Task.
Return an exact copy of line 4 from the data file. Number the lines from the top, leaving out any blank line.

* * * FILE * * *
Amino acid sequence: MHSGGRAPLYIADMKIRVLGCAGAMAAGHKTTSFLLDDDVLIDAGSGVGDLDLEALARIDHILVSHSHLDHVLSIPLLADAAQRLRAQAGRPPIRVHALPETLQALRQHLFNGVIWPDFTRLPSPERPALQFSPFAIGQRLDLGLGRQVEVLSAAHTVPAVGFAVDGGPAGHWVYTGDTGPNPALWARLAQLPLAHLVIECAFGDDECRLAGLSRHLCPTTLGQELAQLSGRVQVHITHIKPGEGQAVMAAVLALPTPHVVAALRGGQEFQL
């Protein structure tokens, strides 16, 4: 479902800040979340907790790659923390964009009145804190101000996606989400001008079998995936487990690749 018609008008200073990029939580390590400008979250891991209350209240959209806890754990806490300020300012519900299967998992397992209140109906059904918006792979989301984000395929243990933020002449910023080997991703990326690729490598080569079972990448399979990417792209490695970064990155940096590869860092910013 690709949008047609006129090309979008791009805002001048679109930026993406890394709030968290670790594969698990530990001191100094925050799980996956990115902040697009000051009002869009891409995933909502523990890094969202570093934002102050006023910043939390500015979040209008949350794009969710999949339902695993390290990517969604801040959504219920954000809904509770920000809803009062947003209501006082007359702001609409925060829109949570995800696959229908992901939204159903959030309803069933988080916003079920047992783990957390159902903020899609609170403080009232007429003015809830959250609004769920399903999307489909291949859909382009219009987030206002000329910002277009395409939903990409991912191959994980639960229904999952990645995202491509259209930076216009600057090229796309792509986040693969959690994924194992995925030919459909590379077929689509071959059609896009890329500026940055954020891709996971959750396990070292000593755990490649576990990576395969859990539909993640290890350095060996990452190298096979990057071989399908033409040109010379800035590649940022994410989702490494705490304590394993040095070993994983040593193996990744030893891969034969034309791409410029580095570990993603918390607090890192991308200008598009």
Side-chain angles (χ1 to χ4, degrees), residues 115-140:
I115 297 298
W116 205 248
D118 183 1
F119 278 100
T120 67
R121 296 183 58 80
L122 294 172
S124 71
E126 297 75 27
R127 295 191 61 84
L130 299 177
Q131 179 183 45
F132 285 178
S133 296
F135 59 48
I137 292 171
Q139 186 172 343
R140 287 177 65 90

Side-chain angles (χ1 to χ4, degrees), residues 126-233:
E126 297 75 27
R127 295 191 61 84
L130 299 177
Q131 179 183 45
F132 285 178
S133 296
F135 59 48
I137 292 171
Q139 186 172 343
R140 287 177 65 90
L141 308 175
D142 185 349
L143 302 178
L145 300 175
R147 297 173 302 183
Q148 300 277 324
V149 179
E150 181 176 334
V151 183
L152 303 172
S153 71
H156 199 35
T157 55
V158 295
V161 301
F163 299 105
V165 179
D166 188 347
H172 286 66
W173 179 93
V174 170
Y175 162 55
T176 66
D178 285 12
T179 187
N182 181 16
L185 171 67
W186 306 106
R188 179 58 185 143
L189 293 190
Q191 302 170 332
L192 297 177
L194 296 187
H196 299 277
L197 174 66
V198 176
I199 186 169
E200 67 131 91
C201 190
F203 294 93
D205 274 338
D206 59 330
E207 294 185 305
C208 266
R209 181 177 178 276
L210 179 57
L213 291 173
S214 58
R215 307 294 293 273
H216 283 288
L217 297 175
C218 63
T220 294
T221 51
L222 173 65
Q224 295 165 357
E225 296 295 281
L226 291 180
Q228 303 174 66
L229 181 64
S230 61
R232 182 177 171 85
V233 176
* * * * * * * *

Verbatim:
I115 297 298